Regularisation theory applied to neurofuzzy modelling.
Full text not available from this repository.
A desirable property for any empirical model is the ability to generalise well throughout the models input space. Recent work has seen the development of neurofuzzy model construction algorithms which identify neurofuzzy models from available empirical data and expert knowledge. By matching the models structure to the underlying process represented by the data, parsimonious models are produced. Consequent parsimonious models do generalise better but due to the structural symmetry required in these models enforced by the need for model transparency, and the often sparse distribution of real data these models are still prone to poor generalisation. This report reviews and develops regularisation techniques that can be applied to identified neurofuzzy models to aid their ability to generalise. Essentially regularisation places a prior probability distribution on the weight values which consequently constrains the model output. One of the major overheads encountered when performing regularisation is deciding how much regularisation to perform. In this report great attention is given to this problem and techniques such as cross-validation and Bayesian methods are considered. The results of this work favour the Bayesian method, producing models that generalise well for both noisy and sparse training sets. Regularisation produces models that appear to perform sensibly throughout their input space. To give extra information about whether, given an input, the output is inferred from the data or the regulariser, error bars are derived for these models. The described methods are applied to conventional lattice based neurofuzzy models, and also the more parsimonious additive and multiplicative models, giving rise to local regularisation.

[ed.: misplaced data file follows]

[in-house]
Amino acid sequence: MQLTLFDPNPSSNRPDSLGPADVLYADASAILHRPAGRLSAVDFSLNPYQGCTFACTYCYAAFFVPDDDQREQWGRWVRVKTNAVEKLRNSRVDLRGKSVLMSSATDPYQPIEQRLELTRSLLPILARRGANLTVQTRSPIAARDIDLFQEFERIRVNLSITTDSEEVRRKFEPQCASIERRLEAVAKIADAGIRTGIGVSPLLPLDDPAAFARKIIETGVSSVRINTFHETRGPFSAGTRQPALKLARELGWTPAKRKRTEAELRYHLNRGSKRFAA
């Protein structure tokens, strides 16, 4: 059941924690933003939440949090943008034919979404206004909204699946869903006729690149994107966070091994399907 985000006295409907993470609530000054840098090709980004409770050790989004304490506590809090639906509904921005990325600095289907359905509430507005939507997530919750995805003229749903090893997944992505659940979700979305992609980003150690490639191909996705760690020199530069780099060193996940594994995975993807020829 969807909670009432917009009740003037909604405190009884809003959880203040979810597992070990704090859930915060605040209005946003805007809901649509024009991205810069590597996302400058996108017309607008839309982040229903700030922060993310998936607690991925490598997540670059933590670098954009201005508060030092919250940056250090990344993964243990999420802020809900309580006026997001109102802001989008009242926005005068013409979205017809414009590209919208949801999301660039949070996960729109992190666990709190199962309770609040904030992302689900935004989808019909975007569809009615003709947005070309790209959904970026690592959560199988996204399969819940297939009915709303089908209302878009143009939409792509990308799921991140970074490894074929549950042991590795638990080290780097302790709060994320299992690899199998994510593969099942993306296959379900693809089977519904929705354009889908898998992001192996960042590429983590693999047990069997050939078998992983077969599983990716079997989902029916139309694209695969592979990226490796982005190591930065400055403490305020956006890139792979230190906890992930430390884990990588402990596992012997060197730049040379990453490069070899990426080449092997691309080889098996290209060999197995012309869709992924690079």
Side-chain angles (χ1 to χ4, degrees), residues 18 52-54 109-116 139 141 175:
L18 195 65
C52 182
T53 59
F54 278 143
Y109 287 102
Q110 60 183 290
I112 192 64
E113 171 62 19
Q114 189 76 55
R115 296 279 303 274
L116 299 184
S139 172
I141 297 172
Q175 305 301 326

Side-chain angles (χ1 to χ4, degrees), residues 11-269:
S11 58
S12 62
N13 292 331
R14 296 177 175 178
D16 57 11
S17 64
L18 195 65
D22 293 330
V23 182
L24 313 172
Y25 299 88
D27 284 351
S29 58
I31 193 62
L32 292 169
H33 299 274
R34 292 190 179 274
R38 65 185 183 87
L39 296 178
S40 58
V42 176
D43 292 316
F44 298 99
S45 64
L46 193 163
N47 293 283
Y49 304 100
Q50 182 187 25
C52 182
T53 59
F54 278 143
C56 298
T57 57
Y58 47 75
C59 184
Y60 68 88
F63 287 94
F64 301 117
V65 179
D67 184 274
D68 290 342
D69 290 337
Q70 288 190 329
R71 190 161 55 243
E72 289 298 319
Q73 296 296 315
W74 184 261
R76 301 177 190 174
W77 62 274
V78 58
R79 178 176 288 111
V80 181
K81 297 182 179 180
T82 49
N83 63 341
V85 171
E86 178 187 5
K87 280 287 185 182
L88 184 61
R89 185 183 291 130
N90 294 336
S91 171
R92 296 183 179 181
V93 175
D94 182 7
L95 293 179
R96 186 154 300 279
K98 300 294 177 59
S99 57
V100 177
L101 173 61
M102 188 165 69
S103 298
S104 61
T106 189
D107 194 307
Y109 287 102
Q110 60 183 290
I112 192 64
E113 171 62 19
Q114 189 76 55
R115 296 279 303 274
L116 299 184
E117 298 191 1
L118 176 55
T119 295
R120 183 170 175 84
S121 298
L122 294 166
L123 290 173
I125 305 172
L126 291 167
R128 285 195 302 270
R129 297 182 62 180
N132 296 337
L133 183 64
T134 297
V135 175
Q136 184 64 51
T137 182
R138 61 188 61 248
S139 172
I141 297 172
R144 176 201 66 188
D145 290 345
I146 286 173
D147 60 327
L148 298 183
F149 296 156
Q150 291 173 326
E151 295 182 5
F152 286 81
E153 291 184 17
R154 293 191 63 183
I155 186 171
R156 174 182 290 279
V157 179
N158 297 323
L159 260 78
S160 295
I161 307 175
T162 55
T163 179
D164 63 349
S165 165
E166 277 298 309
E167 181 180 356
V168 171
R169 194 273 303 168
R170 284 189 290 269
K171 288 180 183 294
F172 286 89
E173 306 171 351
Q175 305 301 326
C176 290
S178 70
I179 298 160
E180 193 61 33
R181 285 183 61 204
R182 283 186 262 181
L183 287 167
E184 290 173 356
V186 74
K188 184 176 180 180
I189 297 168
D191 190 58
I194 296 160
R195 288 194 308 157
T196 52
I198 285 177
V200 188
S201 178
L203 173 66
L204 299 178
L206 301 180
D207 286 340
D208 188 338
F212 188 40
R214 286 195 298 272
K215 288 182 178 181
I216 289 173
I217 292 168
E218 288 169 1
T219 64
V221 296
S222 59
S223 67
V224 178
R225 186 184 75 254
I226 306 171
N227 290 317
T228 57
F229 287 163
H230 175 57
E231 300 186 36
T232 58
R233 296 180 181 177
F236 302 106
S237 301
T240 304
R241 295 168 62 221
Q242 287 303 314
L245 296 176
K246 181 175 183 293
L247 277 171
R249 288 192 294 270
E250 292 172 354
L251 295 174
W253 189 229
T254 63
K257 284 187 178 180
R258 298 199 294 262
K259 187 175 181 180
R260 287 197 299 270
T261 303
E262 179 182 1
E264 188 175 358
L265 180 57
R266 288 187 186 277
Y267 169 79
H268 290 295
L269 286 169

Actions (login required)